What is the plot construction of Henry Fielding's Tom Jones?

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Payal Khullar eNotes educator| Certified Educator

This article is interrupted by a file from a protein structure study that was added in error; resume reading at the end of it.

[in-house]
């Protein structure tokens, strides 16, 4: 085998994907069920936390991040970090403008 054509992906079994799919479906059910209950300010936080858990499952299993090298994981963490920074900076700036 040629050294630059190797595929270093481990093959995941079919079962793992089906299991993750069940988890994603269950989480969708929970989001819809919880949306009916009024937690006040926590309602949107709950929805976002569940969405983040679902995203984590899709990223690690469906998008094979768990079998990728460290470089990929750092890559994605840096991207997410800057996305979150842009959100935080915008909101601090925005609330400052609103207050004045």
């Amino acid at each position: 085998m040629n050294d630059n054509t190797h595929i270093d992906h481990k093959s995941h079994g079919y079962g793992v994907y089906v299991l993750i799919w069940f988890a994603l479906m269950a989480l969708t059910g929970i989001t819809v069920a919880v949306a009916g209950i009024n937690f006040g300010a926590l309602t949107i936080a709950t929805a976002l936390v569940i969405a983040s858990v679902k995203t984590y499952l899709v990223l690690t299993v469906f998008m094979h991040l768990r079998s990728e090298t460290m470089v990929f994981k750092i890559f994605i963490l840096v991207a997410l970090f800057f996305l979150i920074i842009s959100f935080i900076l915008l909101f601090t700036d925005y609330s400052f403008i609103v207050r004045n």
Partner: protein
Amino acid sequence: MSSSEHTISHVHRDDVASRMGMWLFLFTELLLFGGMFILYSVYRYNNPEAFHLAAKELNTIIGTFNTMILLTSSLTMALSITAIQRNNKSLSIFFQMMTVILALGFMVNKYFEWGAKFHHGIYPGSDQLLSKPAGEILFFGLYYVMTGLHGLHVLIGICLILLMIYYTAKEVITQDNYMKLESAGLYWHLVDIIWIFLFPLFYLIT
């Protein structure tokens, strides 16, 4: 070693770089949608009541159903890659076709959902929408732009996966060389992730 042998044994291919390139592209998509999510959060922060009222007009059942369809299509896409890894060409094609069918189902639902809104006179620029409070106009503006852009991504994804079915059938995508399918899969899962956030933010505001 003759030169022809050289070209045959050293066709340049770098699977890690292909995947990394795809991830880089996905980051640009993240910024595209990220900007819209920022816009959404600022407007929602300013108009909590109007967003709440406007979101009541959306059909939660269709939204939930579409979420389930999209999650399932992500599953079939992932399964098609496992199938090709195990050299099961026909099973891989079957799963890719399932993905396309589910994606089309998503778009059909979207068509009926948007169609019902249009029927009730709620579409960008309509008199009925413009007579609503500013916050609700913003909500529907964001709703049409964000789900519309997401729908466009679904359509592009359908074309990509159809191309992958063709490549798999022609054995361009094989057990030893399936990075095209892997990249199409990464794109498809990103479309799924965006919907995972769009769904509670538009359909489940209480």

Henry Fielding’s Tom Jones was written during a time when fiction as a literary form was just emerging. Hence, there was a scope of much experimentation and newness. Potential of this new form was, then, unbound. Fielding experimented a lot with the style, characters, plot structure, etc. in Tom Jones, and for this his novel even received harsh criticism from literary experts Richardson and Samuel Johnson. Nonetheless, it came out as a huge success as one comic masterpiece during its time. The plot of Tome Jones is not loose, and all the segments are carefully joined. It is very balanced, symmetrical, complex but neatly drawn. There are some 18 books in total that gives this novel a formal epic style. Besides, there are a lot of twists and misunderstandings in the plot which do not get solved until the climax. The journey of moral growth of the main protagonist- Tom who is a foundling, a rogue- makes this a picaresque and bildungsroman novel. Tom Jones has a unique narrative structure with mainly the author butting in every now and then and giving his comic yet responsible comments on almost everything that occurs and doesn’t occur in the plot. The plot is symmetrically divided into three parts- the first set of six books is the introduction that introduces us to our main protagonist- Tom, his ways, his attraction for Sophia, animosity with Blifil, and arising misunderstandings with Allworthy. All this happens when Tom is at home. In the second part (next six books), Tom leaves his home, and wanders in the suburbs. There he has numerous encounters, meets many problems but resolutions also happen. In the remaining six books, Tom is put into serious trouble and, in fact, is about to be killed, but just in time everything is cleared and he is saved. Even though there's so much happening in the novel, the readers don't feel that the plot is disjointed, and that reflects mastery of Fielding's technique.